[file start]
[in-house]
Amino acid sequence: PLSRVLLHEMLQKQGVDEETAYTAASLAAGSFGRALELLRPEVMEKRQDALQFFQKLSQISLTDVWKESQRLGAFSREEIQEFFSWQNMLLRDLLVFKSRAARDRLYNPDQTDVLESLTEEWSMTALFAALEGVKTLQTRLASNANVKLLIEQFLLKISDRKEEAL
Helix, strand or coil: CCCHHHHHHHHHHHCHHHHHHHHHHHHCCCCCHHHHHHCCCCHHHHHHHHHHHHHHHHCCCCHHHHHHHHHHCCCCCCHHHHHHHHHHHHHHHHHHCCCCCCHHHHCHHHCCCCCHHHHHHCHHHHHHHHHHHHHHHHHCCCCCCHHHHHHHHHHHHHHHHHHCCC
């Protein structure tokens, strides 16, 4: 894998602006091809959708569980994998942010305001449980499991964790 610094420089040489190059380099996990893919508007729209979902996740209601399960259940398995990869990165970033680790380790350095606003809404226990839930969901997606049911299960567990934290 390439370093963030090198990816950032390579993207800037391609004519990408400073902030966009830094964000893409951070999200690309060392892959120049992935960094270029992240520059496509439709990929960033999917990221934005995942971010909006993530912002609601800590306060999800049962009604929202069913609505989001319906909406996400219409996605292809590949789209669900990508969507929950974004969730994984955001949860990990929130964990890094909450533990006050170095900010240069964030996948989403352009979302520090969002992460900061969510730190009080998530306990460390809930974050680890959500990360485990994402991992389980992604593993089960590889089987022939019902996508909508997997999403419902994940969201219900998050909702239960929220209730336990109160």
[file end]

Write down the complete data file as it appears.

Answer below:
[in-house]
Amino acid sequence: PLSRVLLHEMLQKQGVDEETAYTAASLAAGSFGRALELLRPEVMEKRQDALQFFQKLSQISLTDVWKESQRLGAFSREEIQEFFSWQNMLLRDLLVFKSRAARDRLYNPDQTDVLESLTEEWSMTALFAALEGVKTLQTRLASNANVKLLIEQFLLKISDRKEEAL
Helix, strand or coil: CCCHHHHHHHHHHHCHHHHHHHHHHHHCCCCCHHHHHHCCCCHHHHHHHHHHHHHHHHCCCCHHHHHHHHHHCCCCCCHHHHHHHHHHHHHHHHHHCCCCCCHHHHCHHHCCCCCHHHHHHCHHHHHHHHHHHHHHHHHCCCCCCHHHHHHHHHHHHHHHHHHCCC
């Protein structure tokens, strides 16, 4: 894998602006091809959708569980994998942010305001449980499991964790 610094420089040489190059380099996990893919508007729209979902996740209601399960259940398995990869990165970033680790380790350095606003809404226990839930969901997606049911299960567990934290 390439370093963030090198990816950032390579993207800037391609004519990408400073902030966009830094964000893409951070999200690309060392892959120049992935960094270029992240520059496509439709990929960033999917990221934005995942971010909006993530912002609601800590306060999800049962009604929202069913609505989001319906909406996400219409996605292809590949789209669900990508969507929950974004969730994984955001949860990990929130964990890094909450533990006050170095900010240069964030996948989403352009979302520090969002992460900061969510730190009080998530306990460390809930974050680890959500990360485990994402991992389980992604593993089960590889089987022939019902996508909508997997999403419902994940969201219900998050909702239960929220209730336990109160």